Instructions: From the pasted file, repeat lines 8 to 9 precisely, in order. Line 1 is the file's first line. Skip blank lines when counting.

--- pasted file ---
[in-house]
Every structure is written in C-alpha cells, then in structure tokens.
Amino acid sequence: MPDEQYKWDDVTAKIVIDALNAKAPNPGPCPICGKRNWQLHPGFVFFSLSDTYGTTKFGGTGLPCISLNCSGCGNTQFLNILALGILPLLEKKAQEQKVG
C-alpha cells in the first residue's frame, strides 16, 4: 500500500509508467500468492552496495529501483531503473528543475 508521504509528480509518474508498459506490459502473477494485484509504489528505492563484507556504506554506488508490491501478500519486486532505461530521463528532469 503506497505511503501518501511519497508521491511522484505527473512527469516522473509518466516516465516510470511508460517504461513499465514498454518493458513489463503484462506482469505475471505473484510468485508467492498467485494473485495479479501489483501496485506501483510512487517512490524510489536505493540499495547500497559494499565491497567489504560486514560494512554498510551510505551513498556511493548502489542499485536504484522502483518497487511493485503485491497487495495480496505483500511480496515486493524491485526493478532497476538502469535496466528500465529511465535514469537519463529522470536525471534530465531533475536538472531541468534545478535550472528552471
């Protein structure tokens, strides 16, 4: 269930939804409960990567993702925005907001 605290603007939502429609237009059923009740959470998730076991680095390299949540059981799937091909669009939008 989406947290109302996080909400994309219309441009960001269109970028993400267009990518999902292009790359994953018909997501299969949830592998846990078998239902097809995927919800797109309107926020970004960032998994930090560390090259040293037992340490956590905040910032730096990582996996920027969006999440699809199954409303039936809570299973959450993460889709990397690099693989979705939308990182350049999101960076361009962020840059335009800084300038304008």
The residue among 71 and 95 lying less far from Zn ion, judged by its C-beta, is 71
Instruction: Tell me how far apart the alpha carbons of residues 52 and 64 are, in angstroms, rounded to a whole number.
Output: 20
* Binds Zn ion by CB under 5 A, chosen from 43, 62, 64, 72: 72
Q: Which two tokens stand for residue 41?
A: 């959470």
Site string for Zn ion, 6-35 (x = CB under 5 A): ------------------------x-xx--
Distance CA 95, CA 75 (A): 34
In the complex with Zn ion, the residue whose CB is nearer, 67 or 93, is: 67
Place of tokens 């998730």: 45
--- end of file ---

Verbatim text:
Output: 20
* Binds Zn ion by CB under 5 A, chosen from 43, 62, 64, 72: 72